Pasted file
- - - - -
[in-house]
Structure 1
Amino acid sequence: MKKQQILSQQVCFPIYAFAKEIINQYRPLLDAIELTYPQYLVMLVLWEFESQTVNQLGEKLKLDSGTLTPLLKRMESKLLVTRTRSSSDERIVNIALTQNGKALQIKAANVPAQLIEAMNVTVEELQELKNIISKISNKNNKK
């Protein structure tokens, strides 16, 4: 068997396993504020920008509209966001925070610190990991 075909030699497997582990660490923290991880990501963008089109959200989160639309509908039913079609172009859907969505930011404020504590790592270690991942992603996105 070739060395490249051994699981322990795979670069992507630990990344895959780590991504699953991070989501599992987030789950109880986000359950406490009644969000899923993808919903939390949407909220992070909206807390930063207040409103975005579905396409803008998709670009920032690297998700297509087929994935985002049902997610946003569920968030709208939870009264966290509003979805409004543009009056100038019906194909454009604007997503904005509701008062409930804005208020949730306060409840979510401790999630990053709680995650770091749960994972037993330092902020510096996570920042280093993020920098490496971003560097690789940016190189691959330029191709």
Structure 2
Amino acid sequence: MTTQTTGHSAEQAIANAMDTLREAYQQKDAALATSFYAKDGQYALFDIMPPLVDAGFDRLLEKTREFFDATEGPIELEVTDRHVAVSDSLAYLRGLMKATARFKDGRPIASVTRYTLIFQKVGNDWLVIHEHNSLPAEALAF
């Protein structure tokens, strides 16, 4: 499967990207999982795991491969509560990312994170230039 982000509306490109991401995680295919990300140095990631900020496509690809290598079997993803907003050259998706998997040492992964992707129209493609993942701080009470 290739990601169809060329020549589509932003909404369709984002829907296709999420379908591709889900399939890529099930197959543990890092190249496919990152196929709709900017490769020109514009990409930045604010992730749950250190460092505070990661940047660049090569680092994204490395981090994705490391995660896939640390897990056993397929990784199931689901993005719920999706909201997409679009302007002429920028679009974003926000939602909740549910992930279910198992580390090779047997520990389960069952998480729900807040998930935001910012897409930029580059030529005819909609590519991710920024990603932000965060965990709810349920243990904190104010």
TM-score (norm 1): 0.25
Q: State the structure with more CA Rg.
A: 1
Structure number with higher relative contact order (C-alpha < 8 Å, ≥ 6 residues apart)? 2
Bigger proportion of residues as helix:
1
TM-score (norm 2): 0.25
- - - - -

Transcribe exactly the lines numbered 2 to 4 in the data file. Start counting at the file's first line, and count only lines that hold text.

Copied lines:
Structure 1
Amino acid sequence: MKKQQILSQQVCFPIYAFAKEIINQYRPLLDAIELTYPQYLVMLVLWEFESQTVNQLGEKLKLDSGTLTPLLKRMESKLLVTRTRSSSDERIVNIALTQNGKALQIKAANVPAQLIEAMNVTVEELQELKNIISKISNKNNKK
């Protein structure tokens, strides 16, 4: 068997396993504020920008509209966001925070610190990991 075909030699497997582990660490923290991880990501963008089109959200989160639309509908039913079609172009859907969505930011404020504590790592270690991942992603996105 070739060395490249051994699981322990795979670069992507630990990344895959780590991504699953991070989501599992987030789950109880986000359950406490009644969000899923993808919903939390949407909220992070909206807390930063207040409103975005579905396409803008998709670009920032690297998700297509087929994935985002049902997610946003569920968030709208939870009264966290509003979805409004543009009056100038019906194909454009604007997503904005509701008062409930804005208020949730306060409840979510401790999630990053709680995650770091749960994972037993330092902020510096996570920042280093993020920098490496971003560097690789940016190189691959330029191709």